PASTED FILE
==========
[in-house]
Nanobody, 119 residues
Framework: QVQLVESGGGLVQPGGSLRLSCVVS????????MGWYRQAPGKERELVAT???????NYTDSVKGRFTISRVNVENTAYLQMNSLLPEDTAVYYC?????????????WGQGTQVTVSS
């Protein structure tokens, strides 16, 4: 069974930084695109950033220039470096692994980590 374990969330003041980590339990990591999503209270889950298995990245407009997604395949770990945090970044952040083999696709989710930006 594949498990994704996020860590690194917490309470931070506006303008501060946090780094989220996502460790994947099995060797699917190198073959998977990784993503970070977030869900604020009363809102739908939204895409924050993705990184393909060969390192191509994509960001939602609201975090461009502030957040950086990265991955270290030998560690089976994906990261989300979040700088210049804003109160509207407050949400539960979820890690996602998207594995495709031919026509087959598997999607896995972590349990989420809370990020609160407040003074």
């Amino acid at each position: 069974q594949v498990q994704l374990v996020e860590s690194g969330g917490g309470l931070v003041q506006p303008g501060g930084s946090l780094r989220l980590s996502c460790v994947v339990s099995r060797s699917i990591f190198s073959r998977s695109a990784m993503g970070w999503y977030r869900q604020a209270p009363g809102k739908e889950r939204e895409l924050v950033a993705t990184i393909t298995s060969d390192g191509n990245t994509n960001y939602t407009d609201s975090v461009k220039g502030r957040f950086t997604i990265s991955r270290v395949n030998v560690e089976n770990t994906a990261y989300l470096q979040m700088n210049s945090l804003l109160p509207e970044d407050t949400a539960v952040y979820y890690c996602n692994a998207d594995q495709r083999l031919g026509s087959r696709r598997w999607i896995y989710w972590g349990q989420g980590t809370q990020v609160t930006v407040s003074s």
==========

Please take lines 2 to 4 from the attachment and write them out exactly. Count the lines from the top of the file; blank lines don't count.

Nanobody, 119 residues
Framework: QVQLVESGGGLVQPGGSLRLSCVVS????????MGWYRQAPGKERELVAT???????NYTDSVKGRFTISRVNVENTAYLQMNSLLPEDTAVYYC?????????????WGQGTQVTVSS
């Protein structure tokens, strides 16, 4: 069974930084695109950033220039470096692994980590 374990969330003041980590339990990591999503209270889950298995990245407009997604395949770990945090970044952040083999696709989710930006 594949498990994704996020860590690194917490309470931070506006303008501060946090780094989220996502460790994947099995060797699917190198073959998977990784993503970070977030869900604020009363809102739908939204895409924050993705990184393909060969390192191509994509960001939602609201975090461009502030957040950086990265991955270290030998560690089976994906990261989300979040700088210049804003109160509207407050949400539960979820890690996602998207594995495709031919026509087959598997999607896995972590349990989420809370990020609160407040003074």